Explores communication methods to give tangible form to valuable information throughout the development process.
This course teaches students how to use communication methods to accelerate synthesis and give tangible form to valuable information throughout the development process. Students explore relevant theories of language, visual perception, visual representation, and communication. Through a mix of lecture, group activities, critique, and exercises, students receive hands-on experience to ensure concepts are well understood.
Learning Objectives and Outcomes
Upon completion of the course, students will be able to articulate and apply communication techniques at three points in the design process.
1. Models to describe the mess
The front end of the planning process is information-intensive and highly analytic. Here we look at models for describing and structuring the resulting mess. This includes visual forms that create simple, compact, coherent representations of complex data.
2. Tools for diffusing research findings inside the organization
In typical business consulting, the research is considered a means to an end, rather than as a separate value stream that can inform an organization separately from the final concepts. In this section, we survey techniques for embodying and diffusing research findings in ways that make sense to the organizational culture you are designing for.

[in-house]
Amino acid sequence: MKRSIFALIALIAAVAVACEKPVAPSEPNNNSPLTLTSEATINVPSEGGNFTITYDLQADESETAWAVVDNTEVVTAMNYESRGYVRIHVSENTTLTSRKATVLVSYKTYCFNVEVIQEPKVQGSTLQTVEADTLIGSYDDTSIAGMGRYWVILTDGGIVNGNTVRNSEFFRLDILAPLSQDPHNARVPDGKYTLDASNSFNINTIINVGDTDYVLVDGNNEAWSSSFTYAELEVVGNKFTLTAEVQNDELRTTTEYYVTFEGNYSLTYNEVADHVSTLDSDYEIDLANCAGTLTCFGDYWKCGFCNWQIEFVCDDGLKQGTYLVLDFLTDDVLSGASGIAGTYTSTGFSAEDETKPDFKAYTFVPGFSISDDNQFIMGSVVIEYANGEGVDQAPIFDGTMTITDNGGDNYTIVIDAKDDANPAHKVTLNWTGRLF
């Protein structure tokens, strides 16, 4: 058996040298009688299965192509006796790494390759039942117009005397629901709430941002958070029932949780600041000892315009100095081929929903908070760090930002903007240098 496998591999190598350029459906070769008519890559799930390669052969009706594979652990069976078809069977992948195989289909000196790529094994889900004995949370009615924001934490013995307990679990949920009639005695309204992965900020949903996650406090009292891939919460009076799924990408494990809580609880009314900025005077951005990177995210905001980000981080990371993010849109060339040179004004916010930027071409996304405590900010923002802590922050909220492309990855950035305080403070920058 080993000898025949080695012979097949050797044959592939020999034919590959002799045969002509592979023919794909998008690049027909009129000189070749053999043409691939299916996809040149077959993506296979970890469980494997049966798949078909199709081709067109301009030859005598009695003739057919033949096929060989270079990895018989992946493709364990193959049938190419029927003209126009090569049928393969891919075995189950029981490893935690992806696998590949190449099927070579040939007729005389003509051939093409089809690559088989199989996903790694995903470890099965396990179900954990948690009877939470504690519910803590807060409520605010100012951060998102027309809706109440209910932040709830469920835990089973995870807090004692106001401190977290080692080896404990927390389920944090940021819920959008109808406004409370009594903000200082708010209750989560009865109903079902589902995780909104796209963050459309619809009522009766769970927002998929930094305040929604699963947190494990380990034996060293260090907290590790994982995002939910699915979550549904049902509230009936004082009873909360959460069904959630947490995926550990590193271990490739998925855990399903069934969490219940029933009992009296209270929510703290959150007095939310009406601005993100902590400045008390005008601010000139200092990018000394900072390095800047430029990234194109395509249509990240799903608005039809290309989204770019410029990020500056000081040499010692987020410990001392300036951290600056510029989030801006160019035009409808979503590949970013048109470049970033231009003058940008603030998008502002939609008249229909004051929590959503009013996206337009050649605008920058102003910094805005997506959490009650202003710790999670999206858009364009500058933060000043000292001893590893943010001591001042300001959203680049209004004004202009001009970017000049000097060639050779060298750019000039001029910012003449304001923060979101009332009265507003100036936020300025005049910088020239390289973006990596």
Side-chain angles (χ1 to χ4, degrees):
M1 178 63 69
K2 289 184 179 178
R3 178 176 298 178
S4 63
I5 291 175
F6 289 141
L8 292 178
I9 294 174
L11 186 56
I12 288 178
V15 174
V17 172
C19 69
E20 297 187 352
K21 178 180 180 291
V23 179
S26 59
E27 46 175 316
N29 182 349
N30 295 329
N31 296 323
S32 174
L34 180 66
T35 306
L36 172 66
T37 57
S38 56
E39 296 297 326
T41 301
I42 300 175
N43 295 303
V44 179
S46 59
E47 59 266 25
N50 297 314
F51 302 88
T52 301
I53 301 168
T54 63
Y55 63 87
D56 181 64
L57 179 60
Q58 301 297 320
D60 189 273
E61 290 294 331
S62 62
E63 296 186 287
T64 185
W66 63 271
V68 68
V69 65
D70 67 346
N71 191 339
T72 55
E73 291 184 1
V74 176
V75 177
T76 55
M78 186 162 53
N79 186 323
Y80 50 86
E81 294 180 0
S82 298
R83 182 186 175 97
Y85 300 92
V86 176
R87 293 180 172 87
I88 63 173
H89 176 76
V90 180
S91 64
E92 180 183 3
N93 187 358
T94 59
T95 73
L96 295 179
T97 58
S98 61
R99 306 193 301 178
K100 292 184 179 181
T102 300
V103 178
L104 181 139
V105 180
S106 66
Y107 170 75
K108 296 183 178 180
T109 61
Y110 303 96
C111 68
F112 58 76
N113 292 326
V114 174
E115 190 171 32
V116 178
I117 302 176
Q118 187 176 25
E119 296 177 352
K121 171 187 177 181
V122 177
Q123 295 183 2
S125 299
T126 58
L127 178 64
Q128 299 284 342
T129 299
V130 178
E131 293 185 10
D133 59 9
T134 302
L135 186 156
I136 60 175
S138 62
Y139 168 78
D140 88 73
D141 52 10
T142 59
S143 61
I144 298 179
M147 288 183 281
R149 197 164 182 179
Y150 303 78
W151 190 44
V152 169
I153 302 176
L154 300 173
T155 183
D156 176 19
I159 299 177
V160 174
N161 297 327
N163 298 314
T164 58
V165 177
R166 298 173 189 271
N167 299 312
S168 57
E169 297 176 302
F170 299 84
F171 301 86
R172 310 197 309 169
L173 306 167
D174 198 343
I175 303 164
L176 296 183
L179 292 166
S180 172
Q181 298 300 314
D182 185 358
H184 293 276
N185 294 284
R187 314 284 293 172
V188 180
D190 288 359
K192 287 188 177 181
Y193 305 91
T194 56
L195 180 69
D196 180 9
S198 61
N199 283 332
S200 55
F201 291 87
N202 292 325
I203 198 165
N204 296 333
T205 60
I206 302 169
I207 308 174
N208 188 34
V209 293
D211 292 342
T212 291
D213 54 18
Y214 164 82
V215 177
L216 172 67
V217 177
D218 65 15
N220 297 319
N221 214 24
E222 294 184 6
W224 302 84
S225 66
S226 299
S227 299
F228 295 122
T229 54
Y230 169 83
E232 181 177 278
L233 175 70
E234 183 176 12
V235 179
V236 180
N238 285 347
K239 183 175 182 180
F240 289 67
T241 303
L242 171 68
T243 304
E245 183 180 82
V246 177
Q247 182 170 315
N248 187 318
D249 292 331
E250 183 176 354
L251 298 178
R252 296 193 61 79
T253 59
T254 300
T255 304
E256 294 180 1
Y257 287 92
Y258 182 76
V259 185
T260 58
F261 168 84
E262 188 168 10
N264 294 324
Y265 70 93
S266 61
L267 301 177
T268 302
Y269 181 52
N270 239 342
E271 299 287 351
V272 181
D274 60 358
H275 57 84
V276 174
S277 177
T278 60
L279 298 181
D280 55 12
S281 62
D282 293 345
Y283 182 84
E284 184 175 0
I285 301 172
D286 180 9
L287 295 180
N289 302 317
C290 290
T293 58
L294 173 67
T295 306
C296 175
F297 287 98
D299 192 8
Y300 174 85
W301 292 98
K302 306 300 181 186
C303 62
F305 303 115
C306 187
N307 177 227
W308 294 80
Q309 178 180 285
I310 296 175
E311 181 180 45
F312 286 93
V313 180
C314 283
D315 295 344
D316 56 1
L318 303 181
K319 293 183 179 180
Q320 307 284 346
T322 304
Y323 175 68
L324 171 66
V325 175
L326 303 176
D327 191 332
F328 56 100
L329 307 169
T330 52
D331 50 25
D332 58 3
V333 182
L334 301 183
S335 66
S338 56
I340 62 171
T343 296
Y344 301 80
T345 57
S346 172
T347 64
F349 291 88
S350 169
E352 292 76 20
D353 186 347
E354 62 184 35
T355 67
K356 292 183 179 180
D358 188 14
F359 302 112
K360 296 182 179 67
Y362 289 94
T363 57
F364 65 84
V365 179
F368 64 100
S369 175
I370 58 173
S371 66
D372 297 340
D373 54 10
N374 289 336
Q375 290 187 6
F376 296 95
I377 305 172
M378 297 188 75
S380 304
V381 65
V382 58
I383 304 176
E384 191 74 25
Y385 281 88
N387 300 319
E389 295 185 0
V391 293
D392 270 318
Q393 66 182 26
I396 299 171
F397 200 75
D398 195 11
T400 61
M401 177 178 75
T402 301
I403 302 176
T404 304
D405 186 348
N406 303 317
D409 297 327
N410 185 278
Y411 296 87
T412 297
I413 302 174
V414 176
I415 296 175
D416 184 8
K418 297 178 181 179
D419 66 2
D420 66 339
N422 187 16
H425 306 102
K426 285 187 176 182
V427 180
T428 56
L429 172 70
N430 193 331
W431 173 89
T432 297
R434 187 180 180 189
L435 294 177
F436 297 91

3. Framing techniques for strategic positioning
Getting the story straight so that it’s clear and powerful is a perennial challenge in design planning. The most common mistake is to recite a linear timeline of the project and findings, which takes the fresh energy in the room and spends it on the information of secondary importance. What we need to learn is how to lead with knowledge, not process. Framing techniques help break the “agony of square one” and create a new space for thinking that drives emotional and intellectual contact with the work.
Format & Grading
Given the breadth and application of the topics involved in this course, students are required to participate in every class. Missing even the first class can significantly impede a student’s ability to absorb all of the material presented. Missing two or more classes will likely keep a student from achieving a passing grade for the course.
No prerequisites. This course is open to all Institute of Design students.